Racquetball helped keep me in good shape and it helped me make other life decisions that were healthy. After my last state tournament, the year I came in second in my age division, scar tissue was building up in my arm. One of the tendons in my right arm was partially detached. Begrudgingly I had to step away from the game for awhile to let my arm heal. Splinting, a cast, and months of inactivity helped start the healing process. Additional months of physical therapy finally brought my arm back. I had been away from the game for over a year. The physical therapist was anxious to see if I could still play. I went and practiced some of my old drills like I had done for years. The slight echo of my footsteps on the floor, the smell of the court, the snap of the ball coming off the strings, the distinctive "ping" of the ball hitting the wall, were so familiar and comfortable.

After a few weeks of practice I made a decision to not attempt to play competitively. In fact I decided to not play at all. During the preceding years, I ran and lifted weights so I would be in shape to play well in the third game of a championship match. I drilled constantly so I could overcome my almost complete lack of natural athletic gifts. I visualized serves and return of service. I squeezed rubber balls to increase my grip strength. In any match I would dive on the floor several times to dig up a shot.

Today, after finishing a workout at the "Y" occasionally two players will see me standing behind the court watching. And remembering. They don't know what I'm thinking. Or remembering. I nod and smile when they look out. Remembering diving on the floor... If I did it now I would have to be scraped up with a snow shovel and taken to the E.R.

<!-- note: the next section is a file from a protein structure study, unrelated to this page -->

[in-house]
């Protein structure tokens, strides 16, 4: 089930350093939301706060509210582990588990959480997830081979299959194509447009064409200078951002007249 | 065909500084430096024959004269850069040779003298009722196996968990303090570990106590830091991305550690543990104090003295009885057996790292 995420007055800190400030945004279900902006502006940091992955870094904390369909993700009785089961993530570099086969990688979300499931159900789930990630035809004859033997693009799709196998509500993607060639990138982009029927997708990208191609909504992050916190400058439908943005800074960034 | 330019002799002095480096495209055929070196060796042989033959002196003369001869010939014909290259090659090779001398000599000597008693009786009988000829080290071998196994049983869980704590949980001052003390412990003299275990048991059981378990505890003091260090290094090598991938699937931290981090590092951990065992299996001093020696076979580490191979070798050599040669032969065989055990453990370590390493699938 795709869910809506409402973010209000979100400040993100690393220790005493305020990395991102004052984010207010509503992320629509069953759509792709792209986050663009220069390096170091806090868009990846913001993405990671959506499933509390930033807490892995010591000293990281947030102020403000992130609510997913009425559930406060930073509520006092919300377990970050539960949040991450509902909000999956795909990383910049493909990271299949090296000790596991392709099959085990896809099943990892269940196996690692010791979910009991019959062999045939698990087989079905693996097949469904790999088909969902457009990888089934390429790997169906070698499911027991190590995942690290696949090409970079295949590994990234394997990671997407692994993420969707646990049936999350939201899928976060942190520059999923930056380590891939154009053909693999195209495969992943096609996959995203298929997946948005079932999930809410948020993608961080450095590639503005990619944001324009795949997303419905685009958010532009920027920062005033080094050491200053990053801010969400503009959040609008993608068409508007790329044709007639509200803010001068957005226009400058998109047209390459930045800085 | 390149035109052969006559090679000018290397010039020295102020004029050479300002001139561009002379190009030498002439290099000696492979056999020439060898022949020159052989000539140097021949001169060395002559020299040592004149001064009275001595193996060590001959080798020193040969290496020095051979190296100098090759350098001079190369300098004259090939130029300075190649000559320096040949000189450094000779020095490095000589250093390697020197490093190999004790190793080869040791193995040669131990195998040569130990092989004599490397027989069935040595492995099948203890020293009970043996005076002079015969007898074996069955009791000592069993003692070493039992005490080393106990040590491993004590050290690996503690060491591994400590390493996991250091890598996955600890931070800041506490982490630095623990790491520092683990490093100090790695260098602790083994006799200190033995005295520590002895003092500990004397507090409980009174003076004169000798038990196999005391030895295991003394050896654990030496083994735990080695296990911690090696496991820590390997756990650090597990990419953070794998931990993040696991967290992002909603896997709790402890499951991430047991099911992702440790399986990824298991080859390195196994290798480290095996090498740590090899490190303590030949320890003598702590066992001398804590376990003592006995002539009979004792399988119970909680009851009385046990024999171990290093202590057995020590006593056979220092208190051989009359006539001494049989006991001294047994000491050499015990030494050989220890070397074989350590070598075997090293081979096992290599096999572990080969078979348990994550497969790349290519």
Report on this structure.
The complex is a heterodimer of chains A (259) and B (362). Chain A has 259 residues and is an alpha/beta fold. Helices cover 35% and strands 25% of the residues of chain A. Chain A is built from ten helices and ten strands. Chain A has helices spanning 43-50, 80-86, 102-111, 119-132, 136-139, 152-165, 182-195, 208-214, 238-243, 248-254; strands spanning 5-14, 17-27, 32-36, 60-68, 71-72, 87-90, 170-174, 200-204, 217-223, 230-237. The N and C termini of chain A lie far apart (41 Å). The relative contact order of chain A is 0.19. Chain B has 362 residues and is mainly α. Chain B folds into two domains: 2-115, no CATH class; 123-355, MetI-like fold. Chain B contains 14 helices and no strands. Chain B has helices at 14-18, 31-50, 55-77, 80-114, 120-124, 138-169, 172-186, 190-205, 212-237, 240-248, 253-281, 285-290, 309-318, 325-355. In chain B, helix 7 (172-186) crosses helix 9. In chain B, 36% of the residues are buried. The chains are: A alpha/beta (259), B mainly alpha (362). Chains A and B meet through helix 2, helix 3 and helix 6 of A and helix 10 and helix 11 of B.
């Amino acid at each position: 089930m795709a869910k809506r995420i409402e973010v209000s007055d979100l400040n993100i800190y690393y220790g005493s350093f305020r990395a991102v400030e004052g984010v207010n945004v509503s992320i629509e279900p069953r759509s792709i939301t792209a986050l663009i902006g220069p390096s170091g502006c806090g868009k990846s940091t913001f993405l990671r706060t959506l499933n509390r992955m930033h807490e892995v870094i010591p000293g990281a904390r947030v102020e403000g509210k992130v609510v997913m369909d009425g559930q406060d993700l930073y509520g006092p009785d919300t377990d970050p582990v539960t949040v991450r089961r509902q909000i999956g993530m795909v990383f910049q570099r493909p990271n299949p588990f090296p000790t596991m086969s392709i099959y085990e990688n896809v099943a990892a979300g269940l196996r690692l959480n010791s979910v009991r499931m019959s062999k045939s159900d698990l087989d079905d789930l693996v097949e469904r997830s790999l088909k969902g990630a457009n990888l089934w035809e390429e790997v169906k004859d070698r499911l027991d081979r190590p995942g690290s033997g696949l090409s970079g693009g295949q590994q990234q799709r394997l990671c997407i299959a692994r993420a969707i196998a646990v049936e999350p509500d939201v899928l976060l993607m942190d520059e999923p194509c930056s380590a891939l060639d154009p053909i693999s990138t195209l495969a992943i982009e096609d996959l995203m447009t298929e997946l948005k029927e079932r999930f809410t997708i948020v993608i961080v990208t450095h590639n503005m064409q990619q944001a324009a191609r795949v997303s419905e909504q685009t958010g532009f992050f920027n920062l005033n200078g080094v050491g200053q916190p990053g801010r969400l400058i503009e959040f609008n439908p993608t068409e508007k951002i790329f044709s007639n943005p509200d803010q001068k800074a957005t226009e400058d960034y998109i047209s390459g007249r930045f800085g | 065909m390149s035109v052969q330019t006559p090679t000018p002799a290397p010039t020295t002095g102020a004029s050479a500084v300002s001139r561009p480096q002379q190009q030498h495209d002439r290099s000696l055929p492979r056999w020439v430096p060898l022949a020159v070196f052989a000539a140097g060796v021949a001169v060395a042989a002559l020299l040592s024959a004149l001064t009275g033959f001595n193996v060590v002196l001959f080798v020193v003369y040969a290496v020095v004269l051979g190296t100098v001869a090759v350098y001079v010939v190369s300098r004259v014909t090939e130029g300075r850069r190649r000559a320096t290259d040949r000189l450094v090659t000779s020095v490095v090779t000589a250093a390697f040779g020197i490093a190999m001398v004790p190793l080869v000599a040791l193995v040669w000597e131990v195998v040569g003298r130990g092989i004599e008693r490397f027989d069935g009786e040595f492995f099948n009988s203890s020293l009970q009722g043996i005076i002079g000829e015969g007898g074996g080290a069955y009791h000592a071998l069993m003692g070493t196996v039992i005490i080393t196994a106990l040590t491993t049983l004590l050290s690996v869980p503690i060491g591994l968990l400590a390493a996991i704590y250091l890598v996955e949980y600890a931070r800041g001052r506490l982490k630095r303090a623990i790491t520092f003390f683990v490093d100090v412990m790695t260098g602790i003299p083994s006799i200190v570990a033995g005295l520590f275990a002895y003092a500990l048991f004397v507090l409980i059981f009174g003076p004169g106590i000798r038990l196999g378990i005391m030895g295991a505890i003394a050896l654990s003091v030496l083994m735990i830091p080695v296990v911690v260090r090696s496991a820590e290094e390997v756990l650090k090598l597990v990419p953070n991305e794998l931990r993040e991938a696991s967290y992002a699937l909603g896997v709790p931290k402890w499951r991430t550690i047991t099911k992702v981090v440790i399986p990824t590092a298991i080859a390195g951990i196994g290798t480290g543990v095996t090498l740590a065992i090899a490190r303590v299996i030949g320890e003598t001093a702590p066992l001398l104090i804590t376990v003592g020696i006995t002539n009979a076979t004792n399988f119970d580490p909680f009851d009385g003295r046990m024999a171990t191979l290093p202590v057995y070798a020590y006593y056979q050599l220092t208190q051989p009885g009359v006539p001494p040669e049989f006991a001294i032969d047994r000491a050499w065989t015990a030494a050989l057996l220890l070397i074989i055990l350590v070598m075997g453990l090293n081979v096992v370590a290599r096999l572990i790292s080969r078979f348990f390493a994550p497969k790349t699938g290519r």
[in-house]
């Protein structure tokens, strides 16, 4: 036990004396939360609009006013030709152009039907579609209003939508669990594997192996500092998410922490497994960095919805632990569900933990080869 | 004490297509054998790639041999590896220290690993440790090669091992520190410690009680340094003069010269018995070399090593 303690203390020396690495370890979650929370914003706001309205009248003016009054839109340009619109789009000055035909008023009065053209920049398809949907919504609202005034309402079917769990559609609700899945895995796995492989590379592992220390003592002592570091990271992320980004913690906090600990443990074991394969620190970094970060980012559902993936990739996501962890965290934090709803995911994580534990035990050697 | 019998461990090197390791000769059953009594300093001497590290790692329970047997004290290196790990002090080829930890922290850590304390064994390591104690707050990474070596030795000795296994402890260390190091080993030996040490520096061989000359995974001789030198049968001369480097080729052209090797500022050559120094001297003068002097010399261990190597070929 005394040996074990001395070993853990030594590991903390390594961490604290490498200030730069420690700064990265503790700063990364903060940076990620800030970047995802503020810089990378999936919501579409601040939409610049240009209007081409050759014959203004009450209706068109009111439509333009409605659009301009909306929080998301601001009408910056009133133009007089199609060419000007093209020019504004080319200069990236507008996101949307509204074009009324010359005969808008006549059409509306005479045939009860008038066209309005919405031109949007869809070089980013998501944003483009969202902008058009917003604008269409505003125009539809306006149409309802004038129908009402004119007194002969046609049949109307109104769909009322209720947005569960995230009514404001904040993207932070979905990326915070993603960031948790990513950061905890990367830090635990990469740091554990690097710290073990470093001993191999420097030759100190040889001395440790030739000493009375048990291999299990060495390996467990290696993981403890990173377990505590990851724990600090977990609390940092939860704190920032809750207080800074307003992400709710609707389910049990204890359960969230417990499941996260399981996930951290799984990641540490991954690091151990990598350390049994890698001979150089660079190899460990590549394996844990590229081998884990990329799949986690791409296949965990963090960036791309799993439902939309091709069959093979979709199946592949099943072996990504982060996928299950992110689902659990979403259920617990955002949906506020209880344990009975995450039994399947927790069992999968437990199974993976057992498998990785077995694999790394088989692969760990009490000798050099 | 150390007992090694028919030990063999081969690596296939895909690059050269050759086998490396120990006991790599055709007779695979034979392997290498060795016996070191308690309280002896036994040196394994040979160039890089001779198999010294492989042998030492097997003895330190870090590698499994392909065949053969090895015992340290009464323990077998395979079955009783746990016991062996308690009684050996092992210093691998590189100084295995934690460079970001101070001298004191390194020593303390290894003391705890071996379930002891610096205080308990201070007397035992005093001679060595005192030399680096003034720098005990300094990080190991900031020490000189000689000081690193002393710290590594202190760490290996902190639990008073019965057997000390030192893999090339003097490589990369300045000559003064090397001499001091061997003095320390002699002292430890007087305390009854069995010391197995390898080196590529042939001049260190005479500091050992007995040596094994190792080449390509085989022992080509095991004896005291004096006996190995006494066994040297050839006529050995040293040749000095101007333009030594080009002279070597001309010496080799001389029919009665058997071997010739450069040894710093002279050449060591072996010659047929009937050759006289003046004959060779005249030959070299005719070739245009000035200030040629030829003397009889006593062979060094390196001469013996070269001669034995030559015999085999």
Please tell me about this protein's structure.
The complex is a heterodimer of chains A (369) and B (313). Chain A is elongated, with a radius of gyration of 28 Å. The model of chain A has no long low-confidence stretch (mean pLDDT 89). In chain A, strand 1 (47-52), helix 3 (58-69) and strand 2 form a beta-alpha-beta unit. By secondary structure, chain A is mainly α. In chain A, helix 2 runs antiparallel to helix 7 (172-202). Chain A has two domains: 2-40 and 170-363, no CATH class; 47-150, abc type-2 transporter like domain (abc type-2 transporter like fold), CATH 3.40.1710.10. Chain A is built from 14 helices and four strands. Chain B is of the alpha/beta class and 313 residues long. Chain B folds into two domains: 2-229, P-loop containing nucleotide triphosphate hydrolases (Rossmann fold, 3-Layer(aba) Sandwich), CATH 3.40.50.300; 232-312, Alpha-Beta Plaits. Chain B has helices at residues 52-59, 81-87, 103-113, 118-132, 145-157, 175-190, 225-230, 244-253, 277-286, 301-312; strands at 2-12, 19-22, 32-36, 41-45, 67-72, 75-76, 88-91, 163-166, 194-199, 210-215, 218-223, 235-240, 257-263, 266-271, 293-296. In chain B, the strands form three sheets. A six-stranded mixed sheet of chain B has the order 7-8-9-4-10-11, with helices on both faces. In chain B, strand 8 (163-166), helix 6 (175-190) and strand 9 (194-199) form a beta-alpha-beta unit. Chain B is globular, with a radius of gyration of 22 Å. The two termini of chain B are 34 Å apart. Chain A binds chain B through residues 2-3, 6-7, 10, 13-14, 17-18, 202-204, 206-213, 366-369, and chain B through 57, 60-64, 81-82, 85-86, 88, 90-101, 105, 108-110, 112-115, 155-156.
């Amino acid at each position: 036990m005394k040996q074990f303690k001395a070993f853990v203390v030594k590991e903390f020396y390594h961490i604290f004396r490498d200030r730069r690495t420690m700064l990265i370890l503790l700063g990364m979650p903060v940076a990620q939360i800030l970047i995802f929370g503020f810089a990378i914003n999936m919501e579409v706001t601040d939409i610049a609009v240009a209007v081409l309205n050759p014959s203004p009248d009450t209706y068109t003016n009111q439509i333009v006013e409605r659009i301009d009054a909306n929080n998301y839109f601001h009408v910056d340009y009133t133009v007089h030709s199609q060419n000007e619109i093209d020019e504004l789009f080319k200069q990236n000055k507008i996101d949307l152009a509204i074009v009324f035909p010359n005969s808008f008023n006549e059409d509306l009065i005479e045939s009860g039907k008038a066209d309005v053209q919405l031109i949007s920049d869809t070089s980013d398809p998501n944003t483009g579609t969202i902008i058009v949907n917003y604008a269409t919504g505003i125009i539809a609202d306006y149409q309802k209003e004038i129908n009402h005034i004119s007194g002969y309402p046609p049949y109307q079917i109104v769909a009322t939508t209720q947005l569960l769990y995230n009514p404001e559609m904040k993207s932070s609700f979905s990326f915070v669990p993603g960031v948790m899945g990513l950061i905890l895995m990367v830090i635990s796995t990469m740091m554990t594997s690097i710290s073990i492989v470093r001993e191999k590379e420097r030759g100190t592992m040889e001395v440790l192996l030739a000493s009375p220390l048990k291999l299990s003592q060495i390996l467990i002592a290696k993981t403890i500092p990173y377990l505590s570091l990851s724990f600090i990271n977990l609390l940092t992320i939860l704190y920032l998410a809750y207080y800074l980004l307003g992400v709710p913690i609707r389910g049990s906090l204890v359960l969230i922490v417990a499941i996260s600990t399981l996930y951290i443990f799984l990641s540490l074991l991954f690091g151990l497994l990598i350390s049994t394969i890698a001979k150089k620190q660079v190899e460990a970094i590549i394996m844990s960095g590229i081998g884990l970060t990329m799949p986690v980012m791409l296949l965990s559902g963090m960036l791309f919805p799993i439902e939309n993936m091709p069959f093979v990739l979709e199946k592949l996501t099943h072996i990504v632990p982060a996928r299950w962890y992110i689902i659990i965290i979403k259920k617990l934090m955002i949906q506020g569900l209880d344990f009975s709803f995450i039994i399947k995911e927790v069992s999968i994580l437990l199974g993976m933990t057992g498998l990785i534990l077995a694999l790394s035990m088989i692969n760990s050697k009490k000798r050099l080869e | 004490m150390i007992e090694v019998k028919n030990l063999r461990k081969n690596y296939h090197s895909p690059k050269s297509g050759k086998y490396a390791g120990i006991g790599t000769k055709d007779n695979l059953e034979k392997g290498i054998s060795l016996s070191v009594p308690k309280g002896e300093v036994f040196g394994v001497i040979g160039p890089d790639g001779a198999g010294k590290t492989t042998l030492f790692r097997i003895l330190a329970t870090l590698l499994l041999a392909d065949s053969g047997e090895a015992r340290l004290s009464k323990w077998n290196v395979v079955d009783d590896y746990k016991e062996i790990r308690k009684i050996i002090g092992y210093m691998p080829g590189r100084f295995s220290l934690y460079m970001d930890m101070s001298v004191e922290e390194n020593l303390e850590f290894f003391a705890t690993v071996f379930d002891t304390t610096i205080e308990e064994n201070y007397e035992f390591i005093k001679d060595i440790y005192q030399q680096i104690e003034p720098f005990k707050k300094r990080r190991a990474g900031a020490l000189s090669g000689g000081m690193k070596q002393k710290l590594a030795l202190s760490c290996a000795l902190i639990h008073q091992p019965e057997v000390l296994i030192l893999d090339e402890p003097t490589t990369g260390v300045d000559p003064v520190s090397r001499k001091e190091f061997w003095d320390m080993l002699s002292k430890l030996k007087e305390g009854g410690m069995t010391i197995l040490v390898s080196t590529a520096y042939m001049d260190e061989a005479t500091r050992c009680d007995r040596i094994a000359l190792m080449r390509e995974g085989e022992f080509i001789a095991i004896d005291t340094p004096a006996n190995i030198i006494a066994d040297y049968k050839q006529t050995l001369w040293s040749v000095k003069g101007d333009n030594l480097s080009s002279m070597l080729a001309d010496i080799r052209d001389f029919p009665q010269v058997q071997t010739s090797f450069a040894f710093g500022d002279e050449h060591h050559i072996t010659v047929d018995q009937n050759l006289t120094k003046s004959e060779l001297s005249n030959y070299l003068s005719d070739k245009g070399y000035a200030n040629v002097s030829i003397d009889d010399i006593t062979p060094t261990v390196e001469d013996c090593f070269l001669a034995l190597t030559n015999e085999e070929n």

During my racquetball years I had made decisions based on how they would effect my game. Finally, I gave up racquetball because of how it would effect my fishing. Thirteen years have passed since I last hit a racquetball. The chance that my casting arm would never quite work right again was enough to make me stop playing a game I had loved so much.

My racquet rests on the floor behind a book shelf in my fly tying room; I don't know why I won't get rid of it. Noticing it sitting there this morning, I smiled and remembered. Waiting patiently on the floor I wonder if my racquet still holds on to a fleeting hope that it will be put to work again one day. Does it remember like I do? Does it close its eyes and smile? Has it aged well? What does it think about aging? I was glad for all the years I played. And I was glad I stepped away from the game.